Thursday, January 22, 2015

Dependency Exemption for Children of Divorced Parents

The income tax results of this topic are often overlooked during the divorce process, especially considering the personal and emotional toll incurred at the time. But, it is also could be a time for tax planning.
The rules for claiming a child are set in stone, and are not ambiguous. First, one or both parents must provide more half the cost of the child’s support. That is, a grandparent can’t be providing more than half of the child’s support and the parents expect to claim the child.
Second, the default rule is that the exemption automatically goes to the parent having custody of the child. However, the custodial parent can release his or her claim to the exemption on Form 8332. The parents can decide between themselves who will claim the exemption. This issue is often negotiated between the parents, and made part of the divorce or separation agreement. The exemption can even alternate between the parents on a year-by-year basis, if they like, provided Form 8332 is prepared and signed by the other parent.
If each parent has custody for part of the year, the custodial parent is considered to be the one who has custody for the greater portion of the year. “Joint custody” is a common term in separation and divorce agreement and for legal purposes, the spouses may be considered to have the child 50% of the time each. The Tax Code for dependency exemptions does not marry to this definition. The dependency exemption will go to the parent with the greater physical custody for that year. Where the custody is supposed to be 50/50, it will be extremely difficult to determine who has the most physical custody during the year. The relief for this is simply for the spouses to prepare and sign Form 8332 for each year. Consider it an insurance policy in the event of an audit. The completed form must be attached to the parent’s tax return who is claiming the child’s dependency exemption.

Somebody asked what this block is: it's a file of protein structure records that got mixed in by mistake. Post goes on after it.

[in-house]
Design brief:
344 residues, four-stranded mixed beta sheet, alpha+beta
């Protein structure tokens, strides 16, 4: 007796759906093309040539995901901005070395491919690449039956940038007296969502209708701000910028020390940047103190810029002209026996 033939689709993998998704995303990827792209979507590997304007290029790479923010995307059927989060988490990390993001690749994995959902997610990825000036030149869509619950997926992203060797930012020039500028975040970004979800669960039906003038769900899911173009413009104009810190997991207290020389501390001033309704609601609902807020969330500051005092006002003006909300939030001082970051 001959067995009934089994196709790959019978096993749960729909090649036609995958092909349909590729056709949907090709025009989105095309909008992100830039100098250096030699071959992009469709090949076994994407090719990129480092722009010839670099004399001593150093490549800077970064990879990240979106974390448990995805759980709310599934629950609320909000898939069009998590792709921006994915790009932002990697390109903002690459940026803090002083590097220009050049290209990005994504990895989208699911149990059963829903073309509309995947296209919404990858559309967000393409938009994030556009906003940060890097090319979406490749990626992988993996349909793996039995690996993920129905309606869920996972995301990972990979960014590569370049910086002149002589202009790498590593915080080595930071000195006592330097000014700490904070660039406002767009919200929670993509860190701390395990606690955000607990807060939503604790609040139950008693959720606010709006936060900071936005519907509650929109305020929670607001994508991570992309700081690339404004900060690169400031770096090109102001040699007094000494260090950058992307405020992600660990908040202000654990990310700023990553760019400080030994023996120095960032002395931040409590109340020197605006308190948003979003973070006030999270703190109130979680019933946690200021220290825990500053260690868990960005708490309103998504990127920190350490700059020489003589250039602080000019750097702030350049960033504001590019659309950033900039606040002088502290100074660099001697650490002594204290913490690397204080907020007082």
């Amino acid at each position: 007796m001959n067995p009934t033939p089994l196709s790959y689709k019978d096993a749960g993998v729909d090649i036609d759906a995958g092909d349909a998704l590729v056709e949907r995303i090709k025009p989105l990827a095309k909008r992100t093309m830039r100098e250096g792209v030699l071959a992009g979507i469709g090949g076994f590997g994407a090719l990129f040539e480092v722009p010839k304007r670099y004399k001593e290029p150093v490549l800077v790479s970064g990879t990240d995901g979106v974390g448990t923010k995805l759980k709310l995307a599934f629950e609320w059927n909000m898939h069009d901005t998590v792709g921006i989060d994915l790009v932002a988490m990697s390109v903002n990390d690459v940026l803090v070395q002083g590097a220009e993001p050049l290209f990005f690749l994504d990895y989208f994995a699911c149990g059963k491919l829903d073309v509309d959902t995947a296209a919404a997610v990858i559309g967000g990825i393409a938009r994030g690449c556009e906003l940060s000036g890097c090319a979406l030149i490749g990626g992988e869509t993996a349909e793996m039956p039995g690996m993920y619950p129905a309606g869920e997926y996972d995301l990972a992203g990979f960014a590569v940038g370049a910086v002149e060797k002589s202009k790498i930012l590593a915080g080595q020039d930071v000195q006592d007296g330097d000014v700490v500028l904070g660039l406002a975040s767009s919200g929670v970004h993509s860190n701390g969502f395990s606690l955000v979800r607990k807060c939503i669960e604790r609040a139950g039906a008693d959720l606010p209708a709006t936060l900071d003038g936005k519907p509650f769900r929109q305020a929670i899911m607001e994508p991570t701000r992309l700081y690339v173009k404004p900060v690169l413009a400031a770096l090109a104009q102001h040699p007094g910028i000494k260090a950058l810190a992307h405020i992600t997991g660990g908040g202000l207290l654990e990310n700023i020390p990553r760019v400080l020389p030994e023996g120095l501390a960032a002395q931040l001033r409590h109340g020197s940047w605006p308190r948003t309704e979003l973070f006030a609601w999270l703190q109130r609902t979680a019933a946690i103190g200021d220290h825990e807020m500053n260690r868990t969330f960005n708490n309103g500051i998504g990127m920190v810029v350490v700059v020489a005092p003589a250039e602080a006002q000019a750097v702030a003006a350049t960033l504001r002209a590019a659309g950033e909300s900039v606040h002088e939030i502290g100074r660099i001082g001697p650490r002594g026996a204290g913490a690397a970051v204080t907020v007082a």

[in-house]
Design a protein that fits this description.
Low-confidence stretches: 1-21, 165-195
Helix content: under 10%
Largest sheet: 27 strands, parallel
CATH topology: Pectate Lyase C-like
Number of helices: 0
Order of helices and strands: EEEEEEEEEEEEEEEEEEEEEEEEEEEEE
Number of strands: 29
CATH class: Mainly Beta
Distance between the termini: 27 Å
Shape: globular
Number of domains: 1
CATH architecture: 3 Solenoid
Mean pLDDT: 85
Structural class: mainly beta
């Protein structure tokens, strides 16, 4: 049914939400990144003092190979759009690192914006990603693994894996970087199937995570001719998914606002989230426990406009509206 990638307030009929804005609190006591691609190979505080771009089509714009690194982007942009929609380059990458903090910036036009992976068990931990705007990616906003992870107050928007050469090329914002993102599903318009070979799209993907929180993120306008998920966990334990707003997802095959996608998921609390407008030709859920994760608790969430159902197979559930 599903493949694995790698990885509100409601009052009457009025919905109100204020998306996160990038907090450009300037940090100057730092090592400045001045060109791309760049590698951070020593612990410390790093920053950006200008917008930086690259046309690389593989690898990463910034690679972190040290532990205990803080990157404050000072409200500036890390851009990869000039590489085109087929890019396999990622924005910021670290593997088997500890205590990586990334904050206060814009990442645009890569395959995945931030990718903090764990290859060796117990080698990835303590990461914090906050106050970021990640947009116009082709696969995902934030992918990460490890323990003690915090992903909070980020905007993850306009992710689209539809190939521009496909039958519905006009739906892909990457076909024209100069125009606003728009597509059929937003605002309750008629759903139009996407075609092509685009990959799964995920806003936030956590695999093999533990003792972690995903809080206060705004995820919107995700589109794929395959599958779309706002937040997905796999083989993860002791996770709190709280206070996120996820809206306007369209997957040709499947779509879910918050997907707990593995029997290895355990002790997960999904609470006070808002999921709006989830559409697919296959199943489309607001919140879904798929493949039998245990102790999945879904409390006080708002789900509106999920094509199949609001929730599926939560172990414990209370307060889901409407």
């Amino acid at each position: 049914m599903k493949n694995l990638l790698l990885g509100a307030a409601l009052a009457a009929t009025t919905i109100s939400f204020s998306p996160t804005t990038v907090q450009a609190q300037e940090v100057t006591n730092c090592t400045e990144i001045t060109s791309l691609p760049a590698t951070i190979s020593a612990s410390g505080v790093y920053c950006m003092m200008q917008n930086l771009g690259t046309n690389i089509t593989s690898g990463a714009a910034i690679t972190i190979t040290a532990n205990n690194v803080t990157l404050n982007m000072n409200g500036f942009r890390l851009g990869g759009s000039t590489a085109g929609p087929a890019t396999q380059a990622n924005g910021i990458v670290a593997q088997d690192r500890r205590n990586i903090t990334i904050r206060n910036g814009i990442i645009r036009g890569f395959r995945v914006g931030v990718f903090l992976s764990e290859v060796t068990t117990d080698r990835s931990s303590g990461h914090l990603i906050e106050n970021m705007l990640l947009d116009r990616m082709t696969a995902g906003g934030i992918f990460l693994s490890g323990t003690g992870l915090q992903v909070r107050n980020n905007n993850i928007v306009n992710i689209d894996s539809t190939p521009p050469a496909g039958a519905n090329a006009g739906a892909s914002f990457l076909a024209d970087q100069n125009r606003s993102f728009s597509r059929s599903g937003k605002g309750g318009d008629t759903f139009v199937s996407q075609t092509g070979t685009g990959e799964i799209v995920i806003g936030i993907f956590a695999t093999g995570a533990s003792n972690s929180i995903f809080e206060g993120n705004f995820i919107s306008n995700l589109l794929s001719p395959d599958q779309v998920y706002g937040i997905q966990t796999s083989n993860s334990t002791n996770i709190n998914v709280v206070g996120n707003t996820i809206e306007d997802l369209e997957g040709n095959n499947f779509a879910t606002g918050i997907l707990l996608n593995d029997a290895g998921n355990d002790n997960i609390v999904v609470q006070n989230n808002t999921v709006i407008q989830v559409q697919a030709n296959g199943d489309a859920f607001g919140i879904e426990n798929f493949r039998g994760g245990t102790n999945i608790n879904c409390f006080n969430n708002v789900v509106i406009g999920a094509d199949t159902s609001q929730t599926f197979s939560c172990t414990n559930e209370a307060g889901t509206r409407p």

As for tax planning, the spouse who will benefit most from deducting the exemption should take it. That is, arrange for the parent who will save the most tax from the exemption. Then, the tax savings from the exemption can be shared. However, if the situation is less than cordial, it might be difficult to agree who gets what, so we have suggested just putting the tax savings into the child’s college fund or bank account.
The worst case scenario we run across is were both spouses claim the child’s dependency exemption. This not only throws a monkey wrench into the E-File process, but now the IRS will get involved on a very personal level in an attempt to solve the question. That situation is time consuming and expensive and should be avoided if possible.
For anyone going through a divorce or separation, it is a tumultuous time. But, it is important that you and your legal counsel are familiar with, and consider the economic effects of your child’s dependency exemption.